That dreaded blank flipchart…
So, you’re sitting in a large circle, you and the elders, and someone has written on the top of the flipchart the word “Evangelism”.
Your task in the next hour, is to come up with what you’re going to do differently this year. To analyse what isn’t working, and what is, and why.
Any guesses what might be on the paper in 10 minutes? 20? 45?
That awful white piece of paper is terrifying. No-one has an idea, no-one wants to go first, and if you’re not careful all you’ll do is write up on the board, one hour later, ‘Try (a different course).’
So let’s try another approach – one I’ve nicked from Creating Great Choices by Jennifer Riel and Roger Martin.
Challenge the group to come up with the ten worst ideas you could do. The absolute pits. Yelling at people outside in the street. Running an evangelistic nude life-drawing class. You get the idea – let the whole thing rip. Let people have a giggle. The bonkers the better, because you’re not going to actually do them. You’ll find that coming up with really bad ideas is much easier, and funnier, than coming up with good ones.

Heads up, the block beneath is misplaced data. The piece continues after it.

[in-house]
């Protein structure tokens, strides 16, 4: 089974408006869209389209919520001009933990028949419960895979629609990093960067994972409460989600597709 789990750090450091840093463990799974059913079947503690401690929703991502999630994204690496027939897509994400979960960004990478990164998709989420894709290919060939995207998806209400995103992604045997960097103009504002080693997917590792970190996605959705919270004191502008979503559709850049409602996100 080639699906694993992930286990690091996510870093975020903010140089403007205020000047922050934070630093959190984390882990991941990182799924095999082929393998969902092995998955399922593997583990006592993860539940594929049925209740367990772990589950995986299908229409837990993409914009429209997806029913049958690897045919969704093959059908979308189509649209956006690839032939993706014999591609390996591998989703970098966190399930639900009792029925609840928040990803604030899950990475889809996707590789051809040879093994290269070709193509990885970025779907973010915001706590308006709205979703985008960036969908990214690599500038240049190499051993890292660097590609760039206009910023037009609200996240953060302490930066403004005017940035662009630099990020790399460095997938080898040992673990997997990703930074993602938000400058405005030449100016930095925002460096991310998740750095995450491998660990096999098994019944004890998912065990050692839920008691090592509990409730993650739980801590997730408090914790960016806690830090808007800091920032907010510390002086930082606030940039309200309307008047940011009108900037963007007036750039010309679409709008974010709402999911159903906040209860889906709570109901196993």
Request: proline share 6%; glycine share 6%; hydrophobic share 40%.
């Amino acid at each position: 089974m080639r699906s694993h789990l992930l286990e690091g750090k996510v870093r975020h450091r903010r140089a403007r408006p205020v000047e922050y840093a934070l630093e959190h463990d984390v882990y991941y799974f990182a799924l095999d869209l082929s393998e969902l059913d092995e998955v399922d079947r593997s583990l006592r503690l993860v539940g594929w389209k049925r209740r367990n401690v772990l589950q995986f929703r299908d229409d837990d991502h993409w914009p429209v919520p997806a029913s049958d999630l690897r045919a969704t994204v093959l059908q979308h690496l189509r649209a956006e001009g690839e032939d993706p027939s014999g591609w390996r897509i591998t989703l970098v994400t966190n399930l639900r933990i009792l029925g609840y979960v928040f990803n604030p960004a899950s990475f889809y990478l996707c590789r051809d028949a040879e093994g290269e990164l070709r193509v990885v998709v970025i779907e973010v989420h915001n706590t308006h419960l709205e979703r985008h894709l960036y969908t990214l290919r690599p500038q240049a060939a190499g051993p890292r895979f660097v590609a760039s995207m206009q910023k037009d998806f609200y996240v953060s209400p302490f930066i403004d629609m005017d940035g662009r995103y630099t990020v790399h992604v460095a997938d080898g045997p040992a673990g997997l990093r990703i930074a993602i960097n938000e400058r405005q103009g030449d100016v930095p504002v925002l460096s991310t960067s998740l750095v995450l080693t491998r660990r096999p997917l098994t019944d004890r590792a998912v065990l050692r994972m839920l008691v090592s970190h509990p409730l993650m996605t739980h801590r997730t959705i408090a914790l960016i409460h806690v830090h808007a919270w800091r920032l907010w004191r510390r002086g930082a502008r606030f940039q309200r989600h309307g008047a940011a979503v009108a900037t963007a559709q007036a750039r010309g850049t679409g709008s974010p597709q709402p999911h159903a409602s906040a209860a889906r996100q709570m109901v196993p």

Then split them into pairs. Their task is to choose the one they think is the absolute worst on the list, and then to make out the most persuasive case they can for doing it. They’re going to make the best pitch for the worst idea imaginable.
Because, again, you’re not going to actually do them.
Then, having heard all the pitches and having had a good laugh, try to work out what good ideas, biblical values, were actually embedded in those daft ideas, focus on those values and see if you could take one of them – just one of them – across the line into something plausible.
Have a go.
It’ll cheer up your next elders meeting, anyway.
Creating Great Choices: A Leader’s Guide to Integrative Thinking, Jennifer Riel and Roger L. Martin, Boston: Harvard Business Review Press, 2017